After a rights group argued in court that the law was being unfairly applied against the most marginalized members of society and that it was being used to extract bribes from them while they were in custody, a colonial-era law against being a “rogue or vagabond” has now been declared unconstitutional in Uganda.
Hawkers and other petty traders, sex workers, drug users and the homeless are who most often receive these charges of vagrancy under the country’s Penal Code Act, said Adrian Jjuuko representing the Human Rights Awareness and Promotion Forum.
“Anyone found walking the streets could be rounded up and charged for being a vagabond. It is a convenient charge because it is vague,” he tells the BBC.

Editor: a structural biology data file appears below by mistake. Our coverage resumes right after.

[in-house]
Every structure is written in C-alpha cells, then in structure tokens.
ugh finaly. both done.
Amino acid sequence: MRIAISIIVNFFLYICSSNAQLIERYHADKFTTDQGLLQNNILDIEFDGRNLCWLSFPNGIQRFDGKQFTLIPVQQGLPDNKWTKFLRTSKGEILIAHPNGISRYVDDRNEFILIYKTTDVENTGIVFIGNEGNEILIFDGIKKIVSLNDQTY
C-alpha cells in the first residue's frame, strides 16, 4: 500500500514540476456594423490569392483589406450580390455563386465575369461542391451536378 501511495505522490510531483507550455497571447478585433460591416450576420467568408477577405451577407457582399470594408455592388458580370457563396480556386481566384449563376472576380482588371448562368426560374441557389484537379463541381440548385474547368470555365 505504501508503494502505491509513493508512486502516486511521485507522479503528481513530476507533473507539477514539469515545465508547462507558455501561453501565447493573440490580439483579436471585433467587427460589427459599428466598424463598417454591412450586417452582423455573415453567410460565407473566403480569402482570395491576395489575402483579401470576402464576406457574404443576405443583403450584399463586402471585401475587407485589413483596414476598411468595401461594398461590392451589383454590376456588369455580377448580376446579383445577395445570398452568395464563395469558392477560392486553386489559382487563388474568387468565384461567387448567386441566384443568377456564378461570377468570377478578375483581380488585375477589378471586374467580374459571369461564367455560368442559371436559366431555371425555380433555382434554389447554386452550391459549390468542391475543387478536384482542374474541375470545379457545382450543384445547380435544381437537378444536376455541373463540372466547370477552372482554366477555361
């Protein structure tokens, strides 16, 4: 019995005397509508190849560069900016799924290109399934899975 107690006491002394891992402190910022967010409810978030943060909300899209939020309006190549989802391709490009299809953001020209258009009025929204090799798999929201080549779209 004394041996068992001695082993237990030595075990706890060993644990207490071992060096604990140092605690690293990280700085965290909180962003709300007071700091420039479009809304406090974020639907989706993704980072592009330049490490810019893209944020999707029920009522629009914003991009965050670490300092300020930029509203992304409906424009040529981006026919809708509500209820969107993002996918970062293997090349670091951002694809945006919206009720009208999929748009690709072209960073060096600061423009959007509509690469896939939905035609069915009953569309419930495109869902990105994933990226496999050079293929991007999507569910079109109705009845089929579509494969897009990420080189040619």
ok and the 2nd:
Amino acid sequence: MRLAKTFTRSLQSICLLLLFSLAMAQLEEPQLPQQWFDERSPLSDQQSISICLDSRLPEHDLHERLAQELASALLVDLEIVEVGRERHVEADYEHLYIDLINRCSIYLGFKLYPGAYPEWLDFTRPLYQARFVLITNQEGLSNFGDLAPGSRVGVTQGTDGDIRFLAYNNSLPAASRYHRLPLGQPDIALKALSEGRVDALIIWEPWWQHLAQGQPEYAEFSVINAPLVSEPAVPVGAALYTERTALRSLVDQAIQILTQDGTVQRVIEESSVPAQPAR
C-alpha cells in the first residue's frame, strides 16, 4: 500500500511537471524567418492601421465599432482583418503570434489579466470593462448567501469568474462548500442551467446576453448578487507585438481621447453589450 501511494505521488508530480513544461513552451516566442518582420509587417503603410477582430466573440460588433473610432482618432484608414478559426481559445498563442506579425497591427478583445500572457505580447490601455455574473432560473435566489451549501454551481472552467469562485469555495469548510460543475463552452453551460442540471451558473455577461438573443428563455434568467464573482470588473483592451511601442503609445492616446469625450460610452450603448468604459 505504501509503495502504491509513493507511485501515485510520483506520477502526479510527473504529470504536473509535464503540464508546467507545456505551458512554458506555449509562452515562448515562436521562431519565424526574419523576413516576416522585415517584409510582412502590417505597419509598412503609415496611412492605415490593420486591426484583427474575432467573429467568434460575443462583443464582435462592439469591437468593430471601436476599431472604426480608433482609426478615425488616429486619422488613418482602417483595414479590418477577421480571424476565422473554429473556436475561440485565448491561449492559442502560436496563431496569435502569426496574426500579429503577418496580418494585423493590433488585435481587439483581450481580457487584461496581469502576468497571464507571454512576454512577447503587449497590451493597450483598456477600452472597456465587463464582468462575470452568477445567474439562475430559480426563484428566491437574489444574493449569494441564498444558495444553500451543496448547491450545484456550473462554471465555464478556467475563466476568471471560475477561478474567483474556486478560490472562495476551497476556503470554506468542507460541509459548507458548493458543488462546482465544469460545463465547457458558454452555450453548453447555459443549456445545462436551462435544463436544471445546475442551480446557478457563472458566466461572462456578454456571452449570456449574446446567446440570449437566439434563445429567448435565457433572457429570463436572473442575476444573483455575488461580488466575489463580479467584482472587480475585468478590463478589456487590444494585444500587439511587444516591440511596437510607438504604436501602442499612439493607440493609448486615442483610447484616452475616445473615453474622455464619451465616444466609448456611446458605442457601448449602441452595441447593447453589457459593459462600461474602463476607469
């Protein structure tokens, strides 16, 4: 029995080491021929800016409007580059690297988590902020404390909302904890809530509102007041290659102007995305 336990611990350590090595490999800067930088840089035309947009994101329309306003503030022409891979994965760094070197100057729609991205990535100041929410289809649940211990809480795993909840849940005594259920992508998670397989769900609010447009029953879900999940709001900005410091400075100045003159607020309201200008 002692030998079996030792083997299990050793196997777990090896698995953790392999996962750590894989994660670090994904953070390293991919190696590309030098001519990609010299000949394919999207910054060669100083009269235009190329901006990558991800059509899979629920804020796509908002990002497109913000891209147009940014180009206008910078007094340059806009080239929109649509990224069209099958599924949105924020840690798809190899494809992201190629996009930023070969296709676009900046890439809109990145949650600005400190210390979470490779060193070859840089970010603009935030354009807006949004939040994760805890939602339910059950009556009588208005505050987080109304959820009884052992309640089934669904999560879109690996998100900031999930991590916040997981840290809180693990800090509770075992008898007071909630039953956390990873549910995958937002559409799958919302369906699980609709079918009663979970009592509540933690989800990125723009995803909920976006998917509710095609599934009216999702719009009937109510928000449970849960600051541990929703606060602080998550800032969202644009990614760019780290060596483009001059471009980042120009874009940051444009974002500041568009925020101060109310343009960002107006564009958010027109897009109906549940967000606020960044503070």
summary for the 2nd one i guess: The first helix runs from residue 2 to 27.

Sex work is illegal in Uganda, and hawking is not permitted in some areas of the capital Kampala. It is common for the police and city authorities to carry out mass swoops against hawkers and sex workers.
On Friday Uganda’s constitutional court ruled that anyone under arrest should be clearly informed of what they are being charged with, that the legal provisions for “rogue and vagabond charges” are unconstitutional, and that the Penal Code Act clauses are against freedom of movement, and freedom of liberty from arbitrary arrest and detention – which is every Ugandan’s right.
Judges however said that the petitioners did not provide enough evidence to justify that the clauses are used to discriminate between the poor and the rich.
“This gives us motivation to draw up petitions on clauses such as those on being a common nuisance or idle and disorderly. When certain provisions have been declared unconstitutional, then it signals to parliament that the entire law is up for amendment,” Mr Jjuuko tells the BBC.